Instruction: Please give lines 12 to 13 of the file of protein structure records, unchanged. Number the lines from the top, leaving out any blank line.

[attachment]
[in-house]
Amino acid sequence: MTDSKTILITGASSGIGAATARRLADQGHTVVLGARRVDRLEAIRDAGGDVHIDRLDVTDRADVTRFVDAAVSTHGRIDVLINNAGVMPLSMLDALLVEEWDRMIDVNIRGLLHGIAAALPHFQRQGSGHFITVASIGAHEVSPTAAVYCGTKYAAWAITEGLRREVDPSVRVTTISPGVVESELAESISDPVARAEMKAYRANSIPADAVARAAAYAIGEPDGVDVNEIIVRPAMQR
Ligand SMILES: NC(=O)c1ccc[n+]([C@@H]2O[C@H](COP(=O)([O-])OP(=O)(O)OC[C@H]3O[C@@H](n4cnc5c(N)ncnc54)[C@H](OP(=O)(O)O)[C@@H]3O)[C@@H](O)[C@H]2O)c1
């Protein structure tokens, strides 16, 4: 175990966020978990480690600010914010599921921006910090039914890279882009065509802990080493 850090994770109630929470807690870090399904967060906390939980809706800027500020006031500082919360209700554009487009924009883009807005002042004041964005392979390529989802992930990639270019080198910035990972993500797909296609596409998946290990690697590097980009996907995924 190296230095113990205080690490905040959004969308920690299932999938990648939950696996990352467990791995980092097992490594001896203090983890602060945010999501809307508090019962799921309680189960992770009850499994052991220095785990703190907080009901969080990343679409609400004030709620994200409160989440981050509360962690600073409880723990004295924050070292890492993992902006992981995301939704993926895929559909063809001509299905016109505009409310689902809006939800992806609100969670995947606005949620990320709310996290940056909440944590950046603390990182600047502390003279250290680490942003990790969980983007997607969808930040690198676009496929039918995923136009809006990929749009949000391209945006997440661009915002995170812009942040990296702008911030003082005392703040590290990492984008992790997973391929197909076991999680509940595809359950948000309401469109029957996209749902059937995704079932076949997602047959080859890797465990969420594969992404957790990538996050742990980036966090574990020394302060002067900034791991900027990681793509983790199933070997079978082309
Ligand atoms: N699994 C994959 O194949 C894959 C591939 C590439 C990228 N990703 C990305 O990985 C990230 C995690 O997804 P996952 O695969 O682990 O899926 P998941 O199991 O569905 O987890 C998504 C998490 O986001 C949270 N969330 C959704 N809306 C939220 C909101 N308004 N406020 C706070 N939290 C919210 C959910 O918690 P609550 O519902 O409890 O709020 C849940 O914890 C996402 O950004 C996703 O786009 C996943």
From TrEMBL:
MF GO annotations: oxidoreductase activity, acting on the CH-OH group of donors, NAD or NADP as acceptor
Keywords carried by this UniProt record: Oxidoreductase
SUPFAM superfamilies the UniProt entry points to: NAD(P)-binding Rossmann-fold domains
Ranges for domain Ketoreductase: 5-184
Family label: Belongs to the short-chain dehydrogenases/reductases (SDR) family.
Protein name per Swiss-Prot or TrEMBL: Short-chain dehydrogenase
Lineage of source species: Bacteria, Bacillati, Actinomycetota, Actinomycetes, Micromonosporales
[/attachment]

Protein name per Swiss-Prot or TrEMBL: Short-chain dehydrogenase
Lineage of source species: Bacteria, Bacillati, Actinomycetota, Actinomycetes, Micromonosporales